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Weapons of Mass Destruction (WMD)

USIS Washington 

03 June 1998


(China MFN renewal serves U.S. national interest)  (840)
Washington -- Following is the text of a fact sheet issued by the
White House June 3:
(begin text)
ENGAGEMENT: President Clinton's policy of engagement with China is
expanding our cooperation in areas important to the national interest
-- stability in Asia, preventing the spread of weapons of mass
destruction, combating international crime arid drug trafficking,
protecting the environment and expanding mutually beneficial trade. It
also provides us with an effective means to deal forthrightly with our
differences, notably human rights. The manner in which we engage China
will help determine whether it becomes an increasingly open and
productive partner for America, or whether it becomes more isolated
and unpredictable. The President's strategy is showing results and we
need to stay the course. This vote must be about how best to promote
U.S. interests. Extending to China the same normal trade treatment we
give to virtually every nation on earth will help further integrate
China -- and promote the interests of the American people. Revoking
MFN would rupture our relationship with a fourth of the world and
jeopardize our political and economic security.
ENORMOUS STAKES: The stakes are enormous, as demonstrated by regional
events of the last six months. China has the potential to advance U.S.
objectives. Engagement is producing tangible results:
-- China condemned both India and Pakistan's nuclear testing and urged
restraint, and is hosting a P-5 meeting in Geneva later this week to
address South Asian security concerns. China's role critical to
preventing arms race and lessening chance of conflict.
-- China has played a constructive role in responding to the Asia
financial crisis, in part by maintaining its exchange rate, thereby
decreasing pressure for competitive devaluation in the region.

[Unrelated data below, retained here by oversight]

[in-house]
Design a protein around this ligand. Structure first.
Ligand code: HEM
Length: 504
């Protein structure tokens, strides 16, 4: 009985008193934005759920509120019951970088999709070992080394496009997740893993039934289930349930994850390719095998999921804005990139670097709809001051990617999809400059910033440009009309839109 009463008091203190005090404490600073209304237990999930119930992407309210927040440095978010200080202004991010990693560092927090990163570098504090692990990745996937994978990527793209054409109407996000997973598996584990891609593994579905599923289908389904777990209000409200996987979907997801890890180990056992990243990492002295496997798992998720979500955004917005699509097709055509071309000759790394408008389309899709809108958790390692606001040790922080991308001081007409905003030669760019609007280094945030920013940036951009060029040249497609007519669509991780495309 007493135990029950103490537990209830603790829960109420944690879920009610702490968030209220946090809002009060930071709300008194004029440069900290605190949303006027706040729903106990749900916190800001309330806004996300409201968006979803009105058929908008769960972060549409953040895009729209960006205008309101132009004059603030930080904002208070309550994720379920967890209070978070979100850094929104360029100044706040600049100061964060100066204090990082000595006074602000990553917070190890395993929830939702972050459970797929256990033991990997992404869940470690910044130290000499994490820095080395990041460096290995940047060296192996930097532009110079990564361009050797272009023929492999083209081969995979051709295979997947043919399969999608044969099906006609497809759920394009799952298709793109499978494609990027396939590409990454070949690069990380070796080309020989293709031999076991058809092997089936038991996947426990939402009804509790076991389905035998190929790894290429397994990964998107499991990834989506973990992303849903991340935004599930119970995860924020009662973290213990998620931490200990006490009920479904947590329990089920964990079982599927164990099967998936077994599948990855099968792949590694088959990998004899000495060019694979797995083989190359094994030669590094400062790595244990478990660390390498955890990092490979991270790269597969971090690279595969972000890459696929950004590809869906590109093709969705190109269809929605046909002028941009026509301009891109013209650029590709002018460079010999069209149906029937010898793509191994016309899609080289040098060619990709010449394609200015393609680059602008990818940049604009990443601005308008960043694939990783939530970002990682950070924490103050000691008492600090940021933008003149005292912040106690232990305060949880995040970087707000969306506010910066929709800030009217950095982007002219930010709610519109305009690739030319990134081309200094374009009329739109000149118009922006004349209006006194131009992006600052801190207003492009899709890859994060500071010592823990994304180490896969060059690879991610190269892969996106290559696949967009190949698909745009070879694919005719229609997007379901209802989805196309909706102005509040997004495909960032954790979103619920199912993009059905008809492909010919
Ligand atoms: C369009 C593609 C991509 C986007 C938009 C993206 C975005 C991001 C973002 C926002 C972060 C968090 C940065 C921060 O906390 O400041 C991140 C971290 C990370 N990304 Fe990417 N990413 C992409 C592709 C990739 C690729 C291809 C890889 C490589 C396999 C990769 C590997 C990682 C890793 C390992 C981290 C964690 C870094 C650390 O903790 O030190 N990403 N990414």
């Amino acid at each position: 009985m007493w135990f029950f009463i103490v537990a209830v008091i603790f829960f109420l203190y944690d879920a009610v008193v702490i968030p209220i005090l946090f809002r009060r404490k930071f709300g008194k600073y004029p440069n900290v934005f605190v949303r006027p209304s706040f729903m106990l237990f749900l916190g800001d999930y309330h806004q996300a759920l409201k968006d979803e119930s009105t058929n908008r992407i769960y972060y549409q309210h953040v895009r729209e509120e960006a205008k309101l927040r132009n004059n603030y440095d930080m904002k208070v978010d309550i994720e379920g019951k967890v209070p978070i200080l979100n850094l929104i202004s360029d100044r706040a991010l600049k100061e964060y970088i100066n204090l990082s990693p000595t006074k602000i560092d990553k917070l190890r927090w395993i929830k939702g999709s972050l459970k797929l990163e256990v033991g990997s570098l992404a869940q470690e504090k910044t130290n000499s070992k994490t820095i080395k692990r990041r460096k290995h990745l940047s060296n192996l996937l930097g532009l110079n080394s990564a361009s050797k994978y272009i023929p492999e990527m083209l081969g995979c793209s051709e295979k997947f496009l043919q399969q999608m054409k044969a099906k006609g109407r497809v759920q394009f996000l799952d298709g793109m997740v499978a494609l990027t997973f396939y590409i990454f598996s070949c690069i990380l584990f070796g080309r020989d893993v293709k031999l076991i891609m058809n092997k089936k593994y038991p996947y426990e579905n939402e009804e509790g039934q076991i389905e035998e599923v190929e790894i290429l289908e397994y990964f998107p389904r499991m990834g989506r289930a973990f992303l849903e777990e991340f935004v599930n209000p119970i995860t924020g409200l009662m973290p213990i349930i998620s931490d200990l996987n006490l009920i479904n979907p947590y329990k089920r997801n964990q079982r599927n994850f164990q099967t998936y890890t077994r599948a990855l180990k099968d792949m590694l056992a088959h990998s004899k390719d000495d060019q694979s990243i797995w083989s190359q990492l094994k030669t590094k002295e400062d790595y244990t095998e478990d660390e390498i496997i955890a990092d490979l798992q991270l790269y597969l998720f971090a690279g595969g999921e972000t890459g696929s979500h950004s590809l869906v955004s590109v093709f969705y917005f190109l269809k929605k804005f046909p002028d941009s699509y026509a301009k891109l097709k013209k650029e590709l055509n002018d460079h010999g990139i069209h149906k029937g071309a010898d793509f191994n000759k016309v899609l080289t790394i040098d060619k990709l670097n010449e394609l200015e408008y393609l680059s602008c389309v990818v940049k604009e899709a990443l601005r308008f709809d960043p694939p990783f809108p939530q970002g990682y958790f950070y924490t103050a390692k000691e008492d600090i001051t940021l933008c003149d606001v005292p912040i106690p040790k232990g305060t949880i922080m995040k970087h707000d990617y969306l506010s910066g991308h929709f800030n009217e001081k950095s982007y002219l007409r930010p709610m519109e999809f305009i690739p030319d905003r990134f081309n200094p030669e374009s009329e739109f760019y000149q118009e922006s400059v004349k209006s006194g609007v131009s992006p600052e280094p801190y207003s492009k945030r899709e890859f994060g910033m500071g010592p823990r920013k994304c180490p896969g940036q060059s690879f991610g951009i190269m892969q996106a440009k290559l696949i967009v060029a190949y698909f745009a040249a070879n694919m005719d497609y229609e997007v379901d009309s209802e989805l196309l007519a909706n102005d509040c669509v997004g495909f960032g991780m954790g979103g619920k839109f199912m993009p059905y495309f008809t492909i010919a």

-- China continues to play a constructive role in peace talks and
easing tensions on the Korean Peninsula.
-- China has resumed cross-Strait contacts with Taiwan, and will
resume talks at senior levels later this year. Tensions at lowest
level in three years, with no threatening military exercises.
INTERNATIONAL COOPERATION: China's adherence to international rules
advances the interests of the American people. On nonproliferation,
China has joined us in the NPT, CTBT, CWC, and BWC regimes, committed
to no new nuclear assistance to Iran, joined a major international
nuclear suppliers group, the Zangger Committee, and put into place
comprehensive nuclear export controls. We have a strong bilateral
program to combat alien smuggling, narcotics trafficking and
terrorism, and are working with China to meet environmental
challenges. MFN extension supports our efforts to subject China to the
same international disciplines as other major powers and builds
JOBS: An estimated 170,000 U.S. jobs depend on exports to China. Those
exports have more than tripled over the past decade, to $12.8 billion,
and China is now our fifth largest trading partner. Revocation would
derail the talks on China's entry into the WTO, under which China
would reduce its trade barriers substantially, creating new export
opportunities for U.S. companies and workers. Revocation would invite
retaliation against U.S. exporters and investors. Revocation would
also hurt U.S. consumers, who could pay upwards of half a billion
dollars more in a single year because of higher tariffs on such
products as shoes and clothing.
HUMAN RIGHTS: Engagement does not mean endorsement. The Administration
has consistently pressed its human rights concerns with China,
including President Clinton's direct statements to the world at the
October summit, in the presence of China's President. Our approach is
showing results. China has released dissidents Wei Jingsheng and Wang
Dan, signed the International Covenant on Economic, Social and
Cultural Rights and committed to signing the Covenant on Civil and
Political Rights. Normal trade and continued economic engagement
continue the process of opening China, exposing Chinese to our
politics, ideas, economy and personal freedoms. Revoking normal trade
status will diminish these ties and play into the hands of those in
China who want less openness.
RELIGIOUS FREEDOM: Revocation would also set back the cause of
religious freedom in China. Over the past year, China has received our
religious leaders delegation, expanding the dialogue on this key
issue. Revoking MFN would close doors to U.S. religious groups and
others that seek to promote religious freedom in China through
educational, cultural and other exchanges. It would also make it more
difficult to pursue the cases of imprisoned religious leaders.
HONG KONG AND TAIWAN: Hong Kong is the gateway of trade between the
U.S. and China. Revocation of MFN would weaken the Hong Kong economy
by slashing its trade, eliminating tens of thousands of jobs, cutting
economic growth and income sharply. Hong Kong leaders across the
political spectrum favor renewal of MFN. Revocation would damage
Taiwan's economy, with $20-30 billion invested in the mainland.
Taiwan's economic viability is in the interest of the American people.
(end text)

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